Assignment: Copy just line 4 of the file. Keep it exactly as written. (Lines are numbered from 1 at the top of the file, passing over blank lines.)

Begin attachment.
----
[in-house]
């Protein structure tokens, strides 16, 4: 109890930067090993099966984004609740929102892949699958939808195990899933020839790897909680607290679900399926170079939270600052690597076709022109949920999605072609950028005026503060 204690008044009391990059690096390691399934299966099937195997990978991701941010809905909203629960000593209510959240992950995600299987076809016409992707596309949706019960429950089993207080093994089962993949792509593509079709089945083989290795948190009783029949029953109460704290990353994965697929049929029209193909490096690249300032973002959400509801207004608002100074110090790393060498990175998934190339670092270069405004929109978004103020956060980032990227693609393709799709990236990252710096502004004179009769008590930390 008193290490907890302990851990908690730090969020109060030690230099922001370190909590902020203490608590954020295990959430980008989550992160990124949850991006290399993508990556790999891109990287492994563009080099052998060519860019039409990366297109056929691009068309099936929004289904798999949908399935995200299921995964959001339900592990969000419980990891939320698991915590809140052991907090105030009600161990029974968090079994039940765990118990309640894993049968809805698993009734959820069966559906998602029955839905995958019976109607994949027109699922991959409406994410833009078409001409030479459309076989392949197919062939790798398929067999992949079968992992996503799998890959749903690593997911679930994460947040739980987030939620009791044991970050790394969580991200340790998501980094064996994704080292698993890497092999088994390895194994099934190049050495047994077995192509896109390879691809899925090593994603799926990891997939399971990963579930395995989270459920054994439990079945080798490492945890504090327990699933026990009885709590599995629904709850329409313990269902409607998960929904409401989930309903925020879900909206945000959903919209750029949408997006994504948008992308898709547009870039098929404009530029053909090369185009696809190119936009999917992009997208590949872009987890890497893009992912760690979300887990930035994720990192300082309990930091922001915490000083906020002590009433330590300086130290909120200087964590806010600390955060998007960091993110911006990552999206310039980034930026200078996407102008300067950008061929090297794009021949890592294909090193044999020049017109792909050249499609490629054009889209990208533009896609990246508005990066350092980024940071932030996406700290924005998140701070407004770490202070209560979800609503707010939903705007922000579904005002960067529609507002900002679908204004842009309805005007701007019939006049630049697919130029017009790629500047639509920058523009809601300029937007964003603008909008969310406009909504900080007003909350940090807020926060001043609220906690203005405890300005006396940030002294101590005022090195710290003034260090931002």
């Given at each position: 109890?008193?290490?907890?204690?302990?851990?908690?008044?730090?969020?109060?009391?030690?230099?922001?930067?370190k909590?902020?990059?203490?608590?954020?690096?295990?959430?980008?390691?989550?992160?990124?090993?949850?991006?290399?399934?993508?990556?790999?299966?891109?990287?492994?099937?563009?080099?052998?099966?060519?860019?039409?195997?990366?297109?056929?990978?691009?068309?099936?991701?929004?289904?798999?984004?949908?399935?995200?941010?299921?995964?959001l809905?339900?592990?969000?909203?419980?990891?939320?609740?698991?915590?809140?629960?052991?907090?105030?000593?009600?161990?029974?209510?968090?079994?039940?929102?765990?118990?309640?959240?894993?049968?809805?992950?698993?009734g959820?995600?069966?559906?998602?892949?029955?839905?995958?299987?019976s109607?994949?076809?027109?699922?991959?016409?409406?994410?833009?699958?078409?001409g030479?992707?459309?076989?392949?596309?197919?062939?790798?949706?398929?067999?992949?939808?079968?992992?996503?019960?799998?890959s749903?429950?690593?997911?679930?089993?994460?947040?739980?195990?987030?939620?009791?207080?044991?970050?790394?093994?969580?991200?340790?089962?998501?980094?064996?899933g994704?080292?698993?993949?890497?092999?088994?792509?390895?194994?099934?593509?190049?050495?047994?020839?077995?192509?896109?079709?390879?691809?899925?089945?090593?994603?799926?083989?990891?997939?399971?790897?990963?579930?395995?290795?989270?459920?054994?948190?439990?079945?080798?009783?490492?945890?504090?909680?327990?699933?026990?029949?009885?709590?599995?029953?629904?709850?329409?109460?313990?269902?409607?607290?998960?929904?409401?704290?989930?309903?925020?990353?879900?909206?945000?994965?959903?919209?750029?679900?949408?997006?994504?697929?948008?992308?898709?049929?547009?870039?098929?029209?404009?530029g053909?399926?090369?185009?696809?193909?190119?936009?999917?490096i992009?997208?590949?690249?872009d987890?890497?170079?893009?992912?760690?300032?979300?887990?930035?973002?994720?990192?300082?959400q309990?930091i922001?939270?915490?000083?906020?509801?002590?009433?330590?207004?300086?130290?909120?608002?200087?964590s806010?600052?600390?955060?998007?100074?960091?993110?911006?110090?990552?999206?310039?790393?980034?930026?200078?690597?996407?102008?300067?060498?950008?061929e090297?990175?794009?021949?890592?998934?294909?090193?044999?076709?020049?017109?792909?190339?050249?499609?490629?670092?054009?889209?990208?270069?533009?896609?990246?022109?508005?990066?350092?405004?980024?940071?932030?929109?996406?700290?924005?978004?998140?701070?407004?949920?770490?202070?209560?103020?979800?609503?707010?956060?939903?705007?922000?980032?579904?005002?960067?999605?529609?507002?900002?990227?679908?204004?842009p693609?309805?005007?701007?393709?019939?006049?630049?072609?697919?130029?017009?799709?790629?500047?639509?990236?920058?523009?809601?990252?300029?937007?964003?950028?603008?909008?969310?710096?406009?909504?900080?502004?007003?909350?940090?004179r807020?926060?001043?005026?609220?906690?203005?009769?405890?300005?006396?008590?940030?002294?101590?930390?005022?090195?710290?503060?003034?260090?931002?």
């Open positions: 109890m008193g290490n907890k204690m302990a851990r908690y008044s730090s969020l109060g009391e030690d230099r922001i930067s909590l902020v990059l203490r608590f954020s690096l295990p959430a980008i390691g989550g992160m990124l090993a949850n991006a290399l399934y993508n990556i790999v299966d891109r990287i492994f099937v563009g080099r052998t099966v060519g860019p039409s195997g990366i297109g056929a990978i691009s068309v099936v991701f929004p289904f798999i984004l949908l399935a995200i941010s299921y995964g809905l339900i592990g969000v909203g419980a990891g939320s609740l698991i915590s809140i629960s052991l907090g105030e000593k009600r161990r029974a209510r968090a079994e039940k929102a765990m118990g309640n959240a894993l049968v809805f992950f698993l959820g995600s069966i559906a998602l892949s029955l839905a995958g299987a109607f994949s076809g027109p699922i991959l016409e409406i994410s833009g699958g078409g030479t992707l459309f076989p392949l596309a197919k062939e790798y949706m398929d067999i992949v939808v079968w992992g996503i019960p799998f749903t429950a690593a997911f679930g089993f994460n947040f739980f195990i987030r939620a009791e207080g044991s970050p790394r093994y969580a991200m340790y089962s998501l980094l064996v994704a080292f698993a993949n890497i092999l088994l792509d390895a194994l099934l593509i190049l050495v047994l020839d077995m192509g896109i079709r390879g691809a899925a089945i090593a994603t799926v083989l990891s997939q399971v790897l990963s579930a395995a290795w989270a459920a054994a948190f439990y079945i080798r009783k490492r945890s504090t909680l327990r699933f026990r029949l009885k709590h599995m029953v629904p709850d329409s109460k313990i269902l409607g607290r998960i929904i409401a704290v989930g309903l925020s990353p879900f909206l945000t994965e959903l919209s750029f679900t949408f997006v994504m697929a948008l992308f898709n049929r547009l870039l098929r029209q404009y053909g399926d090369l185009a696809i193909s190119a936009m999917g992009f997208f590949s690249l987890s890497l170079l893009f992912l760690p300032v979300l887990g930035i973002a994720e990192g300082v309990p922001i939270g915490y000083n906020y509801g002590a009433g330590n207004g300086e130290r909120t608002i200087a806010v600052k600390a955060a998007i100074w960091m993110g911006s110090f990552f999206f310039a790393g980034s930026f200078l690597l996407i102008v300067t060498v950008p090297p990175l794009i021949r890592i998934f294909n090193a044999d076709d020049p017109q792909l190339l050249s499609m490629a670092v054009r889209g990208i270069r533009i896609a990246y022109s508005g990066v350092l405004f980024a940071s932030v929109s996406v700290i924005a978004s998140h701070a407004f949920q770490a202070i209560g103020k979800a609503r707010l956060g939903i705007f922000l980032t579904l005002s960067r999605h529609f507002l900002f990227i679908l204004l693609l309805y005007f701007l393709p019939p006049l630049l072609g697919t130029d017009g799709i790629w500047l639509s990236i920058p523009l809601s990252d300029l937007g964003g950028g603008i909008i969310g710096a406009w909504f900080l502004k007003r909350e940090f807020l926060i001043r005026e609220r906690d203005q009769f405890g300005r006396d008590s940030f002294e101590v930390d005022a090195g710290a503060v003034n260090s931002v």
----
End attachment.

């Open positions: 109890m008193g290490n907890k204690m302990a851990r908690y008044s730090s969020l109060g009391e030690d230099r922001i930067s909590l902020v990059l203490r608590f954020s690096l295990p959430a980008i390691g989550g992160m990124l090993a949850n991006a290399l399934y993508n990556i790999v299966d891109r990287i492994f099937v563009g080099r052998t099966v060519g860019p039409s195997g990366i297109g056929a990978i691009s068309v099936v991701f929004p289904f798999i984004l949908l399935a995200i941010s299921y995964g809905l339900i592990g969000v909203g419980a990891g939320s609740l698991i915590s809140i629960s052991l907090g105030e000593k009600r161990r029974a209510r968090a079994e039940k929102a765990m118990g309640n959240a894993l049968v809805f992950f698993l959820g995600s069966i559906a998602l892949s029955l839905a995958g299987a109607f994949s076809g027109p699922i991959l016409e409406i994410s833009g699958g078409g030479t992707l459309f076989p392949l596309a197919k062939e790798y949706m398929d067999i992949v939808v079968w992992g996503i019960p799998f749903t429950a690593a997911f679930g089993f994460n947040f739980f195990i987030r939620a009791e207080g044991s970050p790394r093994y969580a991200m340790y089962s998501l980094l064996v994704a080292f698993a993949n890497i092999l088994l792509d390895a194994l099934l593509i190049l050495v047994l020839d077995m192509g896109i079709r390879g691809a899925a089945i090593a994603t799926v083989l990891s997939q399971v790897l990963s579930a395995a290795w989270a459920a054994a948190f439990y079945i080798r009783k490492r945890s504090t909680l327990r699933f026990r029949l009885k709590h599995m029953v629904p709850d329409s109460k313990i269902l409607g607290r998960i929904i409401a704290v989930g309903l925020s990353p879900f909206l945000t994965e959903l919209s750029f679900t949408f997006v994504m697929a948008l992308f898709n049929r547009l870039l098929r029209q404009y053909g399926d090369l185009a696809i193909s190119a936009m999917g992009f997208f590949s690249l987890s890497l170079l893009f992912l760690p300032v979300l887990g930035i973002a994720e990192g300082v309990p922001i939270g915490y000083n906020y509801g002590a009433g330590n207004g300086e130290r909120t608002i200087a806010v600052k600390a955060a998007i100074w960091m993110g911006s110090f990552f999206f310039a790393g980034s930026f200078l690597l996407i102008v300067t060498v950008p090297p990175l794009i021949r890592i998934f294909n090193a044999d076709d020049p017109q792909l190339l050249s499609m490629a670092v054009r889209g990208i270069r533009i896609a990246y022109s508005g990066v350092l405004f980024a940071s932030v929109s996406v700290i924005a978004s998140h701070a407004f949920q770490a202070i209560g103020k979800a609503r707010l956060g939903i705007f922000l980032t579904l005002s960067r999605h529609f507002l900002f990227i679908l204004l693609l309805y005007f701007l393709p019939p006049l630049l072609g697919t130029d017009g799709i790629w500047l639509s990236i920058p523009l809601s990252d300029l937007g964003g950028g603008i909008i969310g710096a406009w909504f900080l502004k007003r909350e940090f807020l926060i001043r005026e609220r906690d203005q009769f405890g300005r006396d008590s940030f002294e101590v930390d005022a090195g710290a503060v003034n260090s931002v």